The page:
The observed association between serum IL6 concentrations and ADSCs proliferation is consistent with previous studies highlighting the importance of IL6 in the maintenance and growth of mesenchymal stem cells (Pricola et al., 2009; van de Vyver et al., 2016). The mechanism of which is most likely related to the pleiotropic effects of IL6 capable of eliciting both a pro- and anti-inflammatory response depending on the environmental context (Cox et al., 2017). Classical IL6 signaling is mediated through the association of the protein-bound receptor complex (IL6 + IL6R) with the gp130 receptor subunit and elicits an anti-inflammatory protective effect (Rose-John, 2012, 2017). In contrast, higher concentrations of IL6 triggers trans-signaling, where the IL6R is cleaved by ADAM17 to generate a soluble IL6R (sIL6R), that enables binding of the classical protein-receptor complex to cells that do not express IL6R (Rose-John, 2012, 2017). The alternative signaling pathway therefore increases the target cell populations and by doing so amplifies the inflammatory response (Rose-John, 2012, 2017). This pleiotropic effect could potentially explain the observed dose dependent proliferative effect of IL6 on ADSCs. Some studies have, however, shown that IL6 alone has no proliferative effect on progenitor cells, instead it functions in synergy with multiple other cytokines such as OSM, LIF, SCF and GCSF (Wolfenden and Newman, 1992; Miura et al., 1993; Jacobsen et al., 1994; Lee et al., 2009) to promote cell growth. Disruption of systemic IL6 concentrations could therefore affect the proliferation of endogenous ADSCs.
The importance of the finely balanced cytokine expression profile in ADSC functional responses is supported by Strong et al. (2015). The authors indicated that specific levels of inflammatory cytokine induction are dependent on the stage and type of ADSC differentiation. Taken together, with our results, these studies indicate that long-term disruption to the systemic cytokine balance can be detrimental to the multifunctional properties of ADSCs. Dysregulation of endogenous ADSC function could in turn lead to metabolic disease progression in addition to compromising the therapeutic efficacy of these cells.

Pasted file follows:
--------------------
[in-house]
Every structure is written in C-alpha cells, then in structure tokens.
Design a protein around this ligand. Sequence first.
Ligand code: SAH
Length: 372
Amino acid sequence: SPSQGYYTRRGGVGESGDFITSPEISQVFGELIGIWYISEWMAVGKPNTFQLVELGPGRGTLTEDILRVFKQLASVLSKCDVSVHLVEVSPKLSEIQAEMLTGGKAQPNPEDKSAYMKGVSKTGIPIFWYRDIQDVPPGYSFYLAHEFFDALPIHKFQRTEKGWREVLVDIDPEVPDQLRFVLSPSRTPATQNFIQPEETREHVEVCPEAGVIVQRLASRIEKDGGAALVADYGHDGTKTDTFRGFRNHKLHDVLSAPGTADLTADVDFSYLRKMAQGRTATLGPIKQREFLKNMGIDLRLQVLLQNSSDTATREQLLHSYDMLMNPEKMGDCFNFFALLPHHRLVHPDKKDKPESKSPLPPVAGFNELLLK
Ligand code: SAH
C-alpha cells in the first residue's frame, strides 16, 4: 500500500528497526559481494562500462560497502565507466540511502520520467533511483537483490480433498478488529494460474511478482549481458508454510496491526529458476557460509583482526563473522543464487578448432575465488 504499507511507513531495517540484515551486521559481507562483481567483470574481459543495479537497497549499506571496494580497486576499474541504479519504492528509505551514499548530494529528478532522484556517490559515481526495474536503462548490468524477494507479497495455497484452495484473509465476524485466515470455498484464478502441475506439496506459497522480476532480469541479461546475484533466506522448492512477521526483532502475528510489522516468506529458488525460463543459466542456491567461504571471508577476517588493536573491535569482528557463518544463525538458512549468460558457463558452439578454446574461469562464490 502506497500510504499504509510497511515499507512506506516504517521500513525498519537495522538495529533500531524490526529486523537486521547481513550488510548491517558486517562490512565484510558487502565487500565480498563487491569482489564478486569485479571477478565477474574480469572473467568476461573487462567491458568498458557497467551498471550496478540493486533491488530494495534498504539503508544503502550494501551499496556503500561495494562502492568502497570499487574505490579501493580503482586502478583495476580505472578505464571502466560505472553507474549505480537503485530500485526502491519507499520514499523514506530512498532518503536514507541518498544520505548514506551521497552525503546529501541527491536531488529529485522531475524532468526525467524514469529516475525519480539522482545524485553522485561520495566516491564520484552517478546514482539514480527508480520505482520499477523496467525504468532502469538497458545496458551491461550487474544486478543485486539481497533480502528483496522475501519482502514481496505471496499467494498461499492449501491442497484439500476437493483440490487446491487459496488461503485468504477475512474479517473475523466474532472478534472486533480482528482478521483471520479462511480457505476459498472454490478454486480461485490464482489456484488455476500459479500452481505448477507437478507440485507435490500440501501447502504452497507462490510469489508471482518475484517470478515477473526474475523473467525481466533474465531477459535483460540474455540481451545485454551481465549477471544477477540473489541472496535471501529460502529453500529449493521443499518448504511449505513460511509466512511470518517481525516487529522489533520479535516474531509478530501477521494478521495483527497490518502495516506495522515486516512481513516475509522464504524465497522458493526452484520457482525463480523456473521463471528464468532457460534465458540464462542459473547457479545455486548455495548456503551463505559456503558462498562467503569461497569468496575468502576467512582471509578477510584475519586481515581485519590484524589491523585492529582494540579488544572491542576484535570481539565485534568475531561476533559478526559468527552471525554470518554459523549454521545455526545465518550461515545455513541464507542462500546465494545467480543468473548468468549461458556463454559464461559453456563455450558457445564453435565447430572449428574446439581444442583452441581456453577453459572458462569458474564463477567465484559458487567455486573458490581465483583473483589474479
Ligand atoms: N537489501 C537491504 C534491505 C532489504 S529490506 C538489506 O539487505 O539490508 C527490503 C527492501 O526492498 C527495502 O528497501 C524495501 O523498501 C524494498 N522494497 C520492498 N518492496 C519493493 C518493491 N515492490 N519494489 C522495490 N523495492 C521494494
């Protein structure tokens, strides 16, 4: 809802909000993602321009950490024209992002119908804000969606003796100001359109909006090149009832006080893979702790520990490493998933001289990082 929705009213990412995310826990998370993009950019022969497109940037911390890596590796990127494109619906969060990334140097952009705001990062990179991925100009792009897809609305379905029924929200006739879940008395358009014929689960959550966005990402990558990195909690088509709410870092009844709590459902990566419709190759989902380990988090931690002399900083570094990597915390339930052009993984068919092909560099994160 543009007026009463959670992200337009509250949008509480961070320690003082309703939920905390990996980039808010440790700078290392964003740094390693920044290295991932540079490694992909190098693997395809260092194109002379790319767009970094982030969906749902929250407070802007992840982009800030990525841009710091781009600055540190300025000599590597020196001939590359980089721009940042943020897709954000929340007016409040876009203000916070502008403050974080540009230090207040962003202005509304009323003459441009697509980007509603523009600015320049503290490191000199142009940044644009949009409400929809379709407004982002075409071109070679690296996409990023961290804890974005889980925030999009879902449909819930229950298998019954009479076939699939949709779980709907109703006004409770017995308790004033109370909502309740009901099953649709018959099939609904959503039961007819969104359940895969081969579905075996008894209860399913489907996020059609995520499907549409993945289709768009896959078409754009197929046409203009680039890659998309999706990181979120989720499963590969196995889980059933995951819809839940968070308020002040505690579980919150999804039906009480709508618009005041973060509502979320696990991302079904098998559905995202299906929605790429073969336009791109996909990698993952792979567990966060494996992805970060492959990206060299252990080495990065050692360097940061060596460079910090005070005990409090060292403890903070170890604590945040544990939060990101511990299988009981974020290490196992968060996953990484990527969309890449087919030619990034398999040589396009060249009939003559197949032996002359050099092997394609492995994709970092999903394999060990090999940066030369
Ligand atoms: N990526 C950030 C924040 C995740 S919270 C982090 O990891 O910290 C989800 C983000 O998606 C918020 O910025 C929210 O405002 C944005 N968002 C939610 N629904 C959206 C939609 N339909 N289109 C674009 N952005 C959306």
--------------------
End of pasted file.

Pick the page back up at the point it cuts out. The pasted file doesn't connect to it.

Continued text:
Limitations and Future Perspectives
Even though, the conclusions from this study is very specific to a black African female population, it emphasizes that the metabolic and inflammatory profile of patients should be considered when evaluating the reliability of ADSCs for therapeutic use. Our study furthermore demonstrated that regardless of metabolic disease progression, the systemic concentrations of specifically IL6 influence the self-renewal (proliferation) of ADSCs. Although the association between IL6 and cellular proliferation is known, to our knowledge this is the first study to demonstrate that this association occurs independently of dyslipidemia in a patient-based study. The importance of this finding lies in the clinical translation of our research, suggesting that the low-grade inflammation in obese reproductive aged females could influence ADSC function and can potentially contribute to disease progression and the development of co-morbidities. This is evident not only in the association between IL6 and ADSC proliferation, but also in the decreased pool of circulating stem/progenitor cells despite elevated levels of the chemokine SDF1α.
In addition, this study demonstrated that although dyslipidemia did not seem to influence ADSC proliferation; the presence of an abnormal lipid profile in serum did result in the accumulation of lipid droplets during osteogenic differentiation. The cross-sectional nature and relatively small sample size are limitations of the current study. Future studies should investigate the influence of genetic variation during metabolic diseases and aim to identify novel factors that could influence ADSC functionality.